(NetWeaver Mobile information corrected with details from my compatriots at SAP)
Executive keynotes obviously have their place, delivering the Vendor's Big Message. Which is why they rarely deliver the technical and roadmap info that users and developers crave. So while the speeches of SAP CTO Vishal Sikka and Sybase executive vice-president Raj Nathan were well-received by the tech analysts yesterday at SAP's Influencer Summit in Silicon Valley, many more details on SAP and Sybase's mobile plans came out in a more-intimate afternoon deep-dive session.
Watching attendee tweets from afar, here's the six main things I gleaned:
1) After months of uncertainty since the Sybase acquisition, NetWeaver Mobile is finally, officially, being integrated with the Sybase Unwired Platform (SUP). According to independent consultant Kevin Benedict, the NetWeaver Mobile team has moved into the SUP team at Sybase, with the Data Orchestration Engine being integrated into SUP. Existing NetWeaver Mobile customers will continue to be supported, while future customers can simply deploy SUP. Other parts of NetWeaver continue full steam ahead.
2) The goal with SUP is to enable "containerized" Web-style apps to be developed for mobile, says Benedict. The overall Sybase mobile SDK includes SUP and the Project Gateway (due in 1st half of 2011) which connects mobile apps to SAP data and processes. It will include server and client APIs, API libraries and development tools, according to consultant Jon Reed. Sybase will continue to develop mobile APIs for "all major ERPs, technologies and business apps," wrote Benedict.
4) SAP and Sybase, as readers know, is building not just the app platform, but apps itself. It demoed an self-service HR app with analytics, and a BlackBerry travel and expense app that let users take photos of their receipts using the BlackBerry's camera. It also plans to have an mobile enterprise asset management (EAM) app running on SUP by next spring's Sapphire show. And there is a "major effort" to create a mobile analytics app to supplement the mobile coupon, banking and advertising services that SAP/Sybase already have.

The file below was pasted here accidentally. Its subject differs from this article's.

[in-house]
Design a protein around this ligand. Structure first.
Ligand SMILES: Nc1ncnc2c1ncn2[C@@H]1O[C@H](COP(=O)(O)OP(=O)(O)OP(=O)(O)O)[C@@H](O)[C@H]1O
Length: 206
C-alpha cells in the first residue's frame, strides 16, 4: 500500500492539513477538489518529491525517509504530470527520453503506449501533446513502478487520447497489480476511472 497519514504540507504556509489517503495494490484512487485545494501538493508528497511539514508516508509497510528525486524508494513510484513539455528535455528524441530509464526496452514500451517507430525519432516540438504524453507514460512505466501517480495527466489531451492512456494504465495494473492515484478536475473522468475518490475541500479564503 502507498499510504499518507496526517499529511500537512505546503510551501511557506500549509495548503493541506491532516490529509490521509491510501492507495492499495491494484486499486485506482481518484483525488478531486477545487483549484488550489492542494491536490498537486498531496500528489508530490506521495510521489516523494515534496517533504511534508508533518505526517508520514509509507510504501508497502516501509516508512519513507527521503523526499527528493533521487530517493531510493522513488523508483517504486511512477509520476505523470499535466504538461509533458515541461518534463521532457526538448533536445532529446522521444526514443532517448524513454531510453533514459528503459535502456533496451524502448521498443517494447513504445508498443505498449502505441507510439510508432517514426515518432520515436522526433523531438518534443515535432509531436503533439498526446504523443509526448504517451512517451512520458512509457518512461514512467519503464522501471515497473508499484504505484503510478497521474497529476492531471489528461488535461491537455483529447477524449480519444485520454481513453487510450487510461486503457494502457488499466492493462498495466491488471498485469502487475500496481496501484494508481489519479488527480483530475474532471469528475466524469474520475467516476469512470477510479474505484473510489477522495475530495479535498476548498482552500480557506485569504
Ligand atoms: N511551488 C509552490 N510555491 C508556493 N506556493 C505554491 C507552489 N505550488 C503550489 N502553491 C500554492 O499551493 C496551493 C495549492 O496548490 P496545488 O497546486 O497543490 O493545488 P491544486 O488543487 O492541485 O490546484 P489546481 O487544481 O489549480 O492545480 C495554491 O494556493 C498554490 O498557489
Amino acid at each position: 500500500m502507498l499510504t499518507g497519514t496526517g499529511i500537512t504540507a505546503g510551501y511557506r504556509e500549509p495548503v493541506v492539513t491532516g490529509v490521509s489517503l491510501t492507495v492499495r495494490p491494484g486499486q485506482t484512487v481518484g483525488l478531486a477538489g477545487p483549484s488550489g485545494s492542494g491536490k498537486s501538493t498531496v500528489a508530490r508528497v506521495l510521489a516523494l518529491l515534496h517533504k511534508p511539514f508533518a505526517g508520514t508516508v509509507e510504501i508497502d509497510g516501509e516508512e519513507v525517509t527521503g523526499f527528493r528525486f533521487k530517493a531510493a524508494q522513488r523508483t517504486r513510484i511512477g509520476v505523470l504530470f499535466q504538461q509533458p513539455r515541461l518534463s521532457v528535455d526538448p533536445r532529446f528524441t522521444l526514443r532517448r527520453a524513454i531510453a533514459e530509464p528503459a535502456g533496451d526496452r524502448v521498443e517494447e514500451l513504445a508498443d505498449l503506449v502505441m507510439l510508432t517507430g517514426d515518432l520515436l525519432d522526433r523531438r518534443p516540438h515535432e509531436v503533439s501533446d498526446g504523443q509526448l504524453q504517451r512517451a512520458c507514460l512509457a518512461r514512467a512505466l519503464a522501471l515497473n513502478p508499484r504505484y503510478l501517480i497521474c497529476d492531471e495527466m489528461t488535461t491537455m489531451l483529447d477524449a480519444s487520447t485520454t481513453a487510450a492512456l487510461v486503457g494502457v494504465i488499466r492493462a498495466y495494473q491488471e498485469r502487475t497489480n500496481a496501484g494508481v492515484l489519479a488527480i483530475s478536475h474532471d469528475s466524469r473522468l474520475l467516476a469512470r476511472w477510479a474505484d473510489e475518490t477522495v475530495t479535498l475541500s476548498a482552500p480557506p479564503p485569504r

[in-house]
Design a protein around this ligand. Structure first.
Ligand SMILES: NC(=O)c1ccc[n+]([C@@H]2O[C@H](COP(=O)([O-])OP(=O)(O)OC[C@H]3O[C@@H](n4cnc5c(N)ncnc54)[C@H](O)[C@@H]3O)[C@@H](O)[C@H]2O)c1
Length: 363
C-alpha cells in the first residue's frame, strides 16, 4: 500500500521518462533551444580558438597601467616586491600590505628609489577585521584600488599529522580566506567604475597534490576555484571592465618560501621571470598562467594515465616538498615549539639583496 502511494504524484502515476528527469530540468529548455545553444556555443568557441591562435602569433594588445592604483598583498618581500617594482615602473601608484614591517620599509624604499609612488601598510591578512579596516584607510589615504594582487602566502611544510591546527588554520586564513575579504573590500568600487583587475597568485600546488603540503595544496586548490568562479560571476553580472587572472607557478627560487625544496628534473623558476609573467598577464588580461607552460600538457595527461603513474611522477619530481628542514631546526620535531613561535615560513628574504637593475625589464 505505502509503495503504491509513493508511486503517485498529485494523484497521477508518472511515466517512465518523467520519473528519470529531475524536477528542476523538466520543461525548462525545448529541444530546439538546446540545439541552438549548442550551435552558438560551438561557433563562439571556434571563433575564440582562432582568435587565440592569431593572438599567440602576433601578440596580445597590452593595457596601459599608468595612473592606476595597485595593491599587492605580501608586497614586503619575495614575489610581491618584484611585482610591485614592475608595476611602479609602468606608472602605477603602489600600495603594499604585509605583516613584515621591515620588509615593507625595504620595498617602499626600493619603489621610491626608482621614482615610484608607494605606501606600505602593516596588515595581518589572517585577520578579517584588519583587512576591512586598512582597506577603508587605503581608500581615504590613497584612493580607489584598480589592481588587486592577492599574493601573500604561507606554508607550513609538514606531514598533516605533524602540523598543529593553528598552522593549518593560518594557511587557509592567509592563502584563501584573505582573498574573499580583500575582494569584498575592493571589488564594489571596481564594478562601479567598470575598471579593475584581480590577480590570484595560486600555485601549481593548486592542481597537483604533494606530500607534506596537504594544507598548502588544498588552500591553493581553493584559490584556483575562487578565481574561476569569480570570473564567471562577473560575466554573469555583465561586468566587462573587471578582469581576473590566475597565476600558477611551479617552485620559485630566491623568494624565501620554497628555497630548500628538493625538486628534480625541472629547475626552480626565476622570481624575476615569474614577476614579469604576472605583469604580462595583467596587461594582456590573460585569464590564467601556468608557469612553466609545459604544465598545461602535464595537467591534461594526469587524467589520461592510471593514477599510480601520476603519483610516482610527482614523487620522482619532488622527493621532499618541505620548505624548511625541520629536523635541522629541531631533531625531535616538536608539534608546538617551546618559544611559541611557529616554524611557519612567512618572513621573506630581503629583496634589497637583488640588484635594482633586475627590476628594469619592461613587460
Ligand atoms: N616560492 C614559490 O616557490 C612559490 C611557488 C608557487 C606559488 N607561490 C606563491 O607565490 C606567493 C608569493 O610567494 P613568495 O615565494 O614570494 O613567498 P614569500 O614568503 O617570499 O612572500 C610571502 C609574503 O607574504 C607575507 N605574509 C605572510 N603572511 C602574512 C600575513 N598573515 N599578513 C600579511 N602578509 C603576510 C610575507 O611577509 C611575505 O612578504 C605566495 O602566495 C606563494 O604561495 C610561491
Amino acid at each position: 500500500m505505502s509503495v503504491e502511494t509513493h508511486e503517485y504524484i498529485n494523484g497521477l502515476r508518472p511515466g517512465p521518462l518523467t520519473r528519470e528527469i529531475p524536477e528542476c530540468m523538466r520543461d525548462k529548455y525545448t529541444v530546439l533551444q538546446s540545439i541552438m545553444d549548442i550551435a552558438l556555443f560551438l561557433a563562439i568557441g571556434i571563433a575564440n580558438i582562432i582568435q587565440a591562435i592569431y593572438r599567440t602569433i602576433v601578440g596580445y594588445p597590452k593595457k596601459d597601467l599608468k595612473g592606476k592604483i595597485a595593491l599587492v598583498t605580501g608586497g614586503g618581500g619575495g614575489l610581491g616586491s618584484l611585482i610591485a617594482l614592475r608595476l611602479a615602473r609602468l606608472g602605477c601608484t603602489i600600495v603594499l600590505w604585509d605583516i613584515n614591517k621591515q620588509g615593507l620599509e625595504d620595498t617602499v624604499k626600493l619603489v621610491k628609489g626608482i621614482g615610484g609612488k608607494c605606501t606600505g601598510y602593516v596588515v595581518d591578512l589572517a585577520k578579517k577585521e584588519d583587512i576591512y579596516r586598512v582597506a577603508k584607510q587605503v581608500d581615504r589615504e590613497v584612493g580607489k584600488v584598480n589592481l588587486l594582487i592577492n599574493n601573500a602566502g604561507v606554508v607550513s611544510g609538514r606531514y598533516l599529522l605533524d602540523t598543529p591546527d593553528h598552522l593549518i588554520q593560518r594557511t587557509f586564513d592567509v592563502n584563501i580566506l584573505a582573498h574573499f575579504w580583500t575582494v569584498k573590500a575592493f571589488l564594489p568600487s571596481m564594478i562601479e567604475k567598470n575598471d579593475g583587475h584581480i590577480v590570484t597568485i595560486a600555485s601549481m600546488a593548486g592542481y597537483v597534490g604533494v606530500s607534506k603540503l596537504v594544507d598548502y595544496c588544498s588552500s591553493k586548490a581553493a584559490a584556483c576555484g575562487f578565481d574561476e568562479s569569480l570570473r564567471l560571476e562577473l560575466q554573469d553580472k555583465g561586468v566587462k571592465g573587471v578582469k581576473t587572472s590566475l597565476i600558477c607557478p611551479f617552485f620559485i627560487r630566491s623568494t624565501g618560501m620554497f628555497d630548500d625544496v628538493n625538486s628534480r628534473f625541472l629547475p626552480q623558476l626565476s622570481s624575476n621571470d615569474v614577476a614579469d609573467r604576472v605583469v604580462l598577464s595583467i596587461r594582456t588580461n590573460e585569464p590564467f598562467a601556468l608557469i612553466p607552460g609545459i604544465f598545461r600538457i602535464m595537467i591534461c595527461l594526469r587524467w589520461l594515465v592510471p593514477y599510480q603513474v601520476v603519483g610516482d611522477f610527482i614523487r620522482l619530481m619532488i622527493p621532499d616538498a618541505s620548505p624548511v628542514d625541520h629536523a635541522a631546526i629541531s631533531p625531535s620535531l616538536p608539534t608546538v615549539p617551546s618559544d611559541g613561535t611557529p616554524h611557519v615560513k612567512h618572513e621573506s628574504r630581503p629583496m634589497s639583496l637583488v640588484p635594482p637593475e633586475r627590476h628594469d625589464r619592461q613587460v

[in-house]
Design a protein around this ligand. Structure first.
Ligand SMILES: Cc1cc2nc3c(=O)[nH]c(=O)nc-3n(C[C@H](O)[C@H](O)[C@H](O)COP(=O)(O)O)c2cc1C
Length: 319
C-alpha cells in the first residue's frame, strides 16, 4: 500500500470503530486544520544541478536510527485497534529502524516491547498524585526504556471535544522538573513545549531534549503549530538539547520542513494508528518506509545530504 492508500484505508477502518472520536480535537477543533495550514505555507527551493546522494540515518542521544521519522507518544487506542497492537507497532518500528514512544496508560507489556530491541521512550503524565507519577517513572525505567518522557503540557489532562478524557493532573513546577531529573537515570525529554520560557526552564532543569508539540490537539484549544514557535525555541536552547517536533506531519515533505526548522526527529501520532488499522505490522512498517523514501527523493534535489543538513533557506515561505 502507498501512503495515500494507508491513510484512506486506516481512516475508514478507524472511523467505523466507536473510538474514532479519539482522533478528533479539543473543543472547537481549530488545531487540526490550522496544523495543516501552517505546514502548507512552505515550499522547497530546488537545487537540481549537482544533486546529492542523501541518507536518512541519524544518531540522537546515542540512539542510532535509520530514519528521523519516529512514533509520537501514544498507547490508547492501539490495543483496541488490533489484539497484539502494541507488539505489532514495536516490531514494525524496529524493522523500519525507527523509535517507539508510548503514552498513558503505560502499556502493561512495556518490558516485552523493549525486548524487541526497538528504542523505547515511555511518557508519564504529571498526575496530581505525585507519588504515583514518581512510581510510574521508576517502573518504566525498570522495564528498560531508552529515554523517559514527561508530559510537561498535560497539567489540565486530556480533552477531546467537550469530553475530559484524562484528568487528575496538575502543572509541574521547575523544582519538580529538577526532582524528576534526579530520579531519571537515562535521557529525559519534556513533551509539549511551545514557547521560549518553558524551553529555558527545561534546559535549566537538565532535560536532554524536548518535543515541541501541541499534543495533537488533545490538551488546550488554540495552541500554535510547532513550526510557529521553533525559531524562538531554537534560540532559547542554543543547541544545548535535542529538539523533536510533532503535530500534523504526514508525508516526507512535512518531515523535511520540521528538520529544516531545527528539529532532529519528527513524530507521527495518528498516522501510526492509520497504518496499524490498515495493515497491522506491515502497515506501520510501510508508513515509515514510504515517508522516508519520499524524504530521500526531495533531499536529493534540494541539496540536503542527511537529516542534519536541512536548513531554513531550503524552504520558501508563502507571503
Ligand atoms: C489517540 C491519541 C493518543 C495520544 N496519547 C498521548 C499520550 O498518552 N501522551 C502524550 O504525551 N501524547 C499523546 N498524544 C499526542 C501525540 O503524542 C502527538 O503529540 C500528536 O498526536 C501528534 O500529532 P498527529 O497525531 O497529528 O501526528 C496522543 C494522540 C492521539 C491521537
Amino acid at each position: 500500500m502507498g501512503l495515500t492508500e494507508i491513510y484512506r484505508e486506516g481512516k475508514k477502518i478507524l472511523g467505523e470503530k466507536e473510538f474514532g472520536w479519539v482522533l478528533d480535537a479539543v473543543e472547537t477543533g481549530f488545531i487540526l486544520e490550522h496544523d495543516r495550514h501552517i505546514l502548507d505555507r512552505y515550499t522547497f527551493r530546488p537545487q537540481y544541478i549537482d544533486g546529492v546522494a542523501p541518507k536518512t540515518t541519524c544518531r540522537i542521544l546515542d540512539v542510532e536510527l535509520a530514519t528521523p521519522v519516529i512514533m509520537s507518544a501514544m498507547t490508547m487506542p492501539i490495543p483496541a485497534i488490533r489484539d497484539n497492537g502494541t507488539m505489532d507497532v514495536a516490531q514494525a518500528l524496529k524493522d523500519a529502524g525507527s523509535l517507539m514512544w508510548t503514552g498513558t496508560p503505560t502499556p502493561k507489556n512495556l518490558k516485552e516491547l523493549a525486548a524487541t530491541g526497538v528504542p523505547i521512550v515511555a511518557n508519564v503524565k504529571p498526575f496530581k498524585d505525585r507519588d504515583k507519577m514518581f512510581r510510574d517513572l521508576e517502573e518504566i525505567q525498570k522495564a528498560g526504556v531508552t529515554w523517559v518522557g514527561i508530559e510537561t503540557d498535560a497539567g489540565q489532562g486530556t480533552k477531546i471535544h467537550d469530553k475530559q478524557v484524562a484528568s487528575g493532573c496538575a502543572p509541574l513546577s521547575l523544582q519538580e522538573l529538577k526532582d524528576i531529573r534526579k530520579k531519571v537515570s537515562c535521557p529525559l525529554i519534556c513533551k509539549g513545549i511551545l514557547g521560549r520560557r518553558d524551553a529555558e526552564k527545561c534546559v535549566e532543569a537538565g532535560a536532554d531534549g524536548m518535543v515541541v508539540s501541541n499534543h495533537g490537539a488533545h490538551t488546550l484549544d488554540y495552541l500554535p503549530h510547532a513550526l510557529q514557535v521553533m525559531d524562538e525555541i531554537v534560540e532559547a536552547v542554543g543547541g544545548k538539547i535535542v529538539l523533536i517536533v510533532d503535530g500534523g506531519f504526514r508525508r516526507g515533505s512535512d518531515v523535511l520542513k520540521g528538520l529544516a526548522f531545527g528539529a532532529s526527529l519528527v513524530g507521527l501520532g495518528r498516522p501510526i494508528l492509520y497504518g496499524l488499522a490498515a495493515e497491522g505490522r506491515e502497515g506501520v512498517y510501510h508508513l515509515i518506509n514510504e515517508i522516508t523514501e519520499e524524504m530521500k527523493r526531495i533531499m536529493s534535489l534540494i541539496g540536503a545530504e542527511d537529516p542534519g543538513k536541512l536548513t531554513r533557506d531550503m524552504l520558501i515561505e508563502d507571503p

5) Despite SAP/Sybase's plans, there remain plenty of opportunities for developers: building add-ons to the mobile SDK, for instance, or selling analytics apps for SAP's just-launched EcoHub. Also enterprise performance management apps linked to SAP. And customizing mobile apps will remain a fruitful endeavor.
6) Tellabs, one of Sybase/SAP's early users (see my headline from a few months ago, "Tellabs Says SAP App is Two-Thirds Faster On iPad Than Laptop"), is expanding its use of SAP supply chain management apps for mobile. Its CIO calls Sybase the hidden jewel of this strategy, which includes a Bring Your Own Device policy for employee smartphones and tablets. The telecom vendor's business users love to test mobile apps, according to the CIO, who believes that soon all apps will be first developed for mobile, with only a tiny subset ported over to desktop PCs, and also that enterprise mobile apps will inevitably have a short lifecycle.